Fortunately, the tide turned in the results and Yes ended up taking the big prize of Glasgow, along with a formidable 45% national share of the vote – at that kind of level it’s simply not credible to argue that Scots were not voting for substantial change, particularly given that many No voters will have made their decision on the basis of the “vow”. There does seem to be an acceptance of that reality across the three London parties today.
But will the actions match the rhetoric? Depressingly, I fear not – but that’s a problem for London every bit as much as it is for Scotland. The example of Quebec shows that if promises are not kept, a second referendum is not merely possible, but likely. The Scottish pro-independence movement will be better-placed than their Quebec counterparts to get over the line at the second time of asking – we’ll be starting from a higher base of support, but we also have the advantage of a much less polarised society.
In 1995, a substantial 60-40 majority of French-speakers voted for Quebec sovereignty, but the Yes campaign still lost because Anglophones and allophones (those whose first language is neither English nor French) were almost unanimously against. By contrast, the YouGov exit poll shows that well over 30% of people who were born outside Scotland voted for independence yesterday. The Scottish-born population were split 50/50, and if that was to move to a 60/40 split in a second referendum, the contest would be won easily.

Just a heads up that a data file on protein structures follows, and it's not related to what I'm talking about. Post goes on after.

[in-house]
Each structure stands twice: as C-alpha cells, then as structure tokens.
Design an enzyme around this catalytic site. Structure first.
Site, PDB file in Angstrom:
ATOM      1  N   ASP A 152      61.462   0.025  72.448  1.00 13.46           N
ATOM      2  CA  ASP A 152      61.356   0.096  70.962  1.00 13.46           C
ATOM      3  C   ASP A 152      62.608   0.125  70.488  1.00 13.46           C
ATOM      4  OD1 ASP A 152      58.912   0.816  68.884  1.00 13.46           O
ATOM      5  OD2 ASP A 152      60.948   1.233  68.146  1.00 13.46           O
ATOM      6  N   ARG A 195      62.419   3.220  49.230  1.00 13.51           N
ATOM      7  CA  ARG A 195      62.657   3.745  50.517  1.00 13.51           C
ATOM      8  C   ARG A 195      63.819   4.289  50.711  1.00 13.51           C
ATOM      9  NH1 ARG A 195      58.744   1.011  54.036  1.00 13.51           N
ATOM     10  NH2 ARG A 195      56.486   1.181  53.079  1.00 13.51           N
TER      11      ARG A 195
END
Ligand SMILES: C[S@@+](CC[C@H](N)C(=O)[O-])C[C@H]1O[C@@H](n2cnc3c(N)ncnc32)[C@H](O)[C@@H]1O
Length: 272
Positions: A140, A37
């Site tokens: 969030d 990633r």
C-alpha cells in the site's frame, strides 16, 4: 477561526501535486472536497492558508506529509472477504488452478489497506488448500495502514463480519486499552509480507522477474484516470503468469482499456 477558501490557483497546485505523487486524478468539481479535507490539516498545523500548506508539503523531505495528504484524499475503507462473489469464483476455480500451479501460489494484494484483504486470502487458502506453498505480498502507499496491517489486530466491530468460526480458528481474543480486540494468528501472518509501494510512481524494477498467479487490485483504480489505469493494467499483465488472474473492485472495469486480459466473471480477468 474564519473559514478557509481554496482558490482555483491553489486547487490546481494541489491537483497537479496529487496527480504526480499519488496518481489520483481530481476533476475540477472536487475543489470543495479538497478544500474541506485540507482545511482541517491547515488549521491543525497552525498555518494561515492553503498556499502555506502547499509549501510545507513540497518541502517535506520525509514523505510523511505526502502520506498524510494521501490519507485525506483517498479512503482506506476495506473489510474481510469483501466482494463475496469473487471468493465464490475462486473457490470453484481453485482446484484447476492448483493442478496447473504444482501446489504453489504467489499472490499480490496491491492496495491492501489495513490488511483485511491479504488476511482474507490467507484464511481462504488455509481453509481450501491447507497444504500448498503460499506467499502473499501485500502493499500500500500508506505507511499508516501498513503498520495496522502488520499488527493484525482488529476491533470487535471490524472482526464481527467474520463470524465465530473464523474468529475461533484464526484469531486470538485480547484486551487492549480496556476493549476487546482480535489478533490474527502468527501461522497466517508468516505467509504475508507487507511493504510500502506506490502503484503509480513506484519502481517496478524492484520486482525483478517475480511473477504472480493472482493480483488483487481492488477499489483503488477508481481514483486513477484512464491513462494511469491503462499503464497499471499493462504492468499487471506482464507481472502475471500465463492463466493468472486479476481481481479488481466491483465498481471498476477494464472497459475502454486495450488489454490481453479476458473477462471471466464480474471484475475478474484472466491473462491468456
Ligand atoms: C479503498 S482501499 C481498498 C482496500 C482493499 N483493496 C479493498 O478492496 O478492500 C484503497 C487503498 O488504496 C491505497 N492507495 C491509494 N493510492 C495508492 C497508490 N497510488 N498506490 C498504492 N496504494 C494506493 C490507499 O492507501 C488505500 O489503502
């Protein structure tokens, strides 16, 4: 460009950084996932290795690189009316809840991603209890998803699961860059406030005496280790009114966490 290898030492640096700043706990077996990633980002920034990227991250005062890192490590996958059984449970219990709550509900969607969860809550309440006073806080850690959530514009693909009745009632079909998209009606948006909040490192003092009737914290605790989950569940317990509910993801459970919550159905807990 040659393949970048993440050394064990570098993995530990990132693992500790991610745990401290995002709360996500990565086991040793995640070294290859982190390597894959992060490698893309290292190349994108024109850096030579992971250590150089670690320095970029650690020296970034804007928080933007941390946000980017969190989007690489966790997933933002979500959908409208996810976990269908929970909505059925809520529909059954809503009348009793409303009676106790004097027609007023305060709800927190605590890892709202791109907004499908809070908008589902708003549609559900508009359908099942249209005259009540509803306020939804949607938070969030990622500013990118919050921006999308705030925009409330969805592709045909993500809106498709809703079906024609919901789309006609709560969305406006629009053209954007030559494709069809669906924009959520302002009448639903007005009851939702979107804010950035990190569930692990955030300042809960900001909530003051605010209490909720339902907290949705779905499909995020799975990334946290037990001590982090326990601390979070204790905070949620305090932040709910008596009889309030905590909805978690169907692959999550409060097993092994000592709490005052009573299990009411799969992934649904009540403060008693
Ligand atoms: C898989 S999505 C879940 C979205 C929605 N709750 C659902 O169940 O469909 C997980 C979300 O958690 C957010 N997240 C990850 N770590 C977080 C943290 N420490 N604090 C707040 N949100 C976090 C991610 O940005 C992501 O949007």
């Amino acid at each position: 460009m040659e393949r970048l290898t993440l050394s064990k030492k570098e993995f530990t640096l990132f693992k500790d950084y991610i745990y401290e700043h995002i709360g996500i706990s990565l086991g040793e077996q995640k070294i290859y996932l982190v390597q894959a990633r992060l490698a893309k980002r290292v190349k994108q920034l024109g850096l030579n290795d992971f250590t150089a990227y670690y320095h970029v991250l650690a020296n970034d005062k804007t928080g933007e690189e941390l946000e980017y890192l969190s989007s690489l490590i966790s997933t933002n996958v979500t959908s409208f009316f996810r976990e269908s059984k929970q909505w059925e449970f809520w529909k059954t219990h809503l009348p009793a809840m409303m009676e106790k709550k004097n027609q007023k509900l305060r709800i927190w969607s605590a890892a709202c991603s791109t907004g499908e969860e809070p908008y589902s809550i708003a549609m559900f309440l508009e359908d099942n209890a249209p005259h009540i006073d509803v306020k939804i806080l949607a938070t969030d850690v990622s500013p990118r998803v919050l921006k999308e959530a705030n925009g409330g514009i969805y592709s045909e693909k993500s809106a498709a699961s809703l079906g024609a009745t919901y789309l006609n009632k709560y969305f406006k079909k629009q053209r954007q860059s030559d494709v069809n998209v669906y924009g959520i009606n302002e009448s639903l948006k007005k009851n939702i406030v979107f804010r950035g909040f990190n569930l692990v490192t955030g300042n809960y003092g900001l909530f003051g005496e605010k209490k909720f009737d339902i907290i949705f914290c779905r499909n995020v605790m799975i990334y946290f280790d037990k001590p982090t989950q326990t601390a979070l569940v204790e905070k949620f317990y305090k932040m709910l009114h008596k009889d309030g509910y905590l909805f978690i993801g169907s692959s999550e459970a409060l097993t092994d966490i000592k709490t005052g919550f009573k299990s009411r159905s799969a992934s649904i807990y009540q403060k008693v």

In 1979, the people of Scotland failed to vote decisively enough in favour of devolution in a referendum. Margaret Thatcher’s incoming government misinterpreted the result, taking it as a green light to impose an almost colonial form of rule on the country. The subsequent outrage led directly to the 1979 outcome being overturned in a second referendum eighteen years later, and to a Scotland Act that started with the words “There shall be a Scottish Parliament.”
If the Westminster establishment fail to rise to the challenge on this occasion, don’t be surprised if we eventually see an Act of Parliament that starts with the words “Scotland shall be an independent country” – and perhaps even in the not-too-distant future.
James Kelly is author of the Scottish pro-independence blog, SCOT goes POP! Voted one of the UK’s top political bloggers, you can hear more from James on Twitter:@JamesKelly